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Elgin Watches

Do you have an old Elgin National Watch Company watch you are curious about? The Elgin History Museum’s volunteers can help. We specialize in Elgin timepieces made between 1867 and the mid-1960s. Whether your watch is a family heirloom, or a collectible object, we can provide information that will enrich your enjoyment of it.

Watches are more than just timepieces, they reflect the ever-changing trends in fashion, and, they are part of an evolving history of manufacturing technology. Watches went from being the size of turnips in the 1860s to as small as the tip of your little finger in the 1960s.

Download our watch research brochure.

Old watches have interesting stories to tell. Here is a sample of what we can provide:

  • Important details about the watch, such as the age, size, grade, number of jewels, how many were made, and an interpretation of the decorative and styling features.
  • A brief history of the Elgin National Watch Company and watch making in America. We can show you where your watch fits into the big picture of time keeping.
  • Information about the watch case manufacturer. Case makers worked with the watch factory to create the look customers wanted. The history of the case industry is a fascinating part of your watch’s story.
  • Tips on getting appraisals and understanding the monetary, as well as the historical value of the watch.
  • Information on how old-time mechanical watches operate, complete with a representative parts diagram.

Our materials make up an informative packet to keep with your watch and to pass on to your family. Usually the more clues we have, the more information we can provide. Here is what we request in order to help you:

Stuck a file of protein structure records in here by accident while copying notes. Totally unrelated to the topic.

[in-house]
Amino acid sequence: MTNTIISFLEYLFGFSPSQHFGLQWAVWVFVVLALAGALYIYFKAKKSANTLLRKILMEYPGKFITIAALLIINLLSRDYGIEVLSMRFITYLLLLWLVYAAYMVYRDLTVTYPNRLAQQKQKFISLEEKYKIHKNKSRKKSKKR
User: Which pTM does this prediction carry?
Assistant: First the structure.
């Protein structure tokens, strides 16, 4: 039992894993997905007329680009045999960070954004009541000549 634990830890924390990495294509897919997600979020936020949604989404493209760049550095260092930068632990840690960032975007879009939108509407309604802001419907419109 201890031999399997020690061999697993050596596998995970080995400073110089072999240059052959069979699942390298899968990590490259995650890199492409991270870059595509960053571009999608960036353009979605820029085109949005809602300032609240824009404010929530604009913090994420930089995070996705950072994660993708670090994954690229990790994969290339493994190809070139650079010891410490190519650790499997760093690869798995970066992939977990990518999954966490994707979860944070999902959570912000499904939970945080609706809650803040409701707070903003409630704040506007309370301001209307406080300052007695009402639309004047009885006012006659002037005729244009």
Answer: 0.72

1. Serial number from the watch's movement. This is different from the serial number on the case. If you cannot find the movement's serial number, or do not know how to open the case, you can ask a jeweler for help. Be careful not to damage the watch trying to open the case.
  2. Brief description, or photo, of the watch. A photocopy of the watch or a hand-drawn sketch are almost as good as a well-made photograph. Include an image of the dial.
  3. List any numbers, words or markings on the watch movement.
  4. List any words or symbols on the case.

To request research, send the materials requested above along with a check or money order for $15.00, payable to Elgin Area Historical Society, (covers research time and return postage) to the address below. Be sure to provide your return address and your email address so we can send information we discover or ask questions about the watch if necessary.

Elgin Area Historical Society
360 Park St.
Elgin IL 60120

Points to keep in mind:

1. We do not provide appraisals of the watch's value. However, we can provide you with information that will help you understand the historical context of your watch and which may be helpful to an appraiser.

2. We do not repair or purchase watches.

3. The original Elgin National Watch Company went out of business in 1967. When the company failed, its assets were merged into a new firm known as Elgin National Industries. The new company was in the engineering and construction business and all watch making operations were ended. However, rights to the Elgin name are licensed to importers who used it to label foreign-made watches. The M.Z. Berger Company currently uses the Elgin name in this manner. Neither M. Z. Berger, nor Elgin National Industries, has parts or information on watches manufactured by the original Elgin National Watch Company.

4. Our services cover mechanical Elgin watches made through the mid-1960s. In short, if it has a battery, we cannot help you with it.